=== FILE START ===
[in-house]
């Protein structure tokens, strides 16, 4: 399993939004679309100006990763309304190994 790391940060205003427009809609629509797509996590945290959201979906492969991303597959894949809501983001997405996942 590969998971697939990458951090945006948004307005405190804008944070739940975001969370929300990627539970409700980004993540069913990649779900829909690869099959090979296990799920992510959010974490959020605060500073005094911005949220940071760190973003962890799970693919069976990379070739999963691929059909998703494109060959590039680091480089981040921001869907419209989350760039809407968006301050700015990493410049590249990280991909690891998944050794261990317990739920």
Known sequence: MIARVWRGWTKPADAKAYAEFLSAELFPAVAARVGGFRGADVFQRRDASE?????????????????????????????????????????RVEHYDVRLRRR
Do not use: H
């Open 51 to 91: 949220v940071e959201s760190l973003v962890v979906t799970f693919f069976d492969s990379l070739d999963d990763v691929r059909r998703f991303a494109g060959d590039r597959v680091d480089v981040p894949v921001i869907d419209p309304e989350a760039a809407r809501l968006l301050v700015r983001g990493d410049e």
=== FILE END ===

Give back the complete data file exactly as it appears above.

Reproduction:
[in-house]
């Protein structure tokens, strides 16, 4: 399993939004679309100006990763309304190994 790391940060205003427009809609629509797509996590945290959201979906492969991303597959894949809501983001997405996942 590969998971697939990458951090945006948004307005405190804008944070739940975001969370929300990627539970409700980004993540069913990649779900829909690869099959090979296990799920992510959010974490959020605060500073005094911005949220940071760190973003962890799970693919069976990379070739999963691929059909998703494109060959590039680091480089981040921001869907419209989350760039809407968006301050700015990493410049590249990280991909690891998944050794261990317990739920």
Known sequence: MIARVWRGWTKPADAKAYAEFLSAELFPAVAARVGGFRGADVFQRRDASE?????????????????????????????????????????RVEHYDVRLRRR
Do not use: H
């Open 51 to 91: 949220v940071e959201s760190l973003v962890v979906t799970f693919f069976d492969s990379l070739d999963d990763v691929r059909r998703f991303a494109g060959d590039r597959v680091d480089v981040p894949v921001i869907d419209p309304e989350a760039a809407r809501l968006l301050v700015r983001g990493d410049e």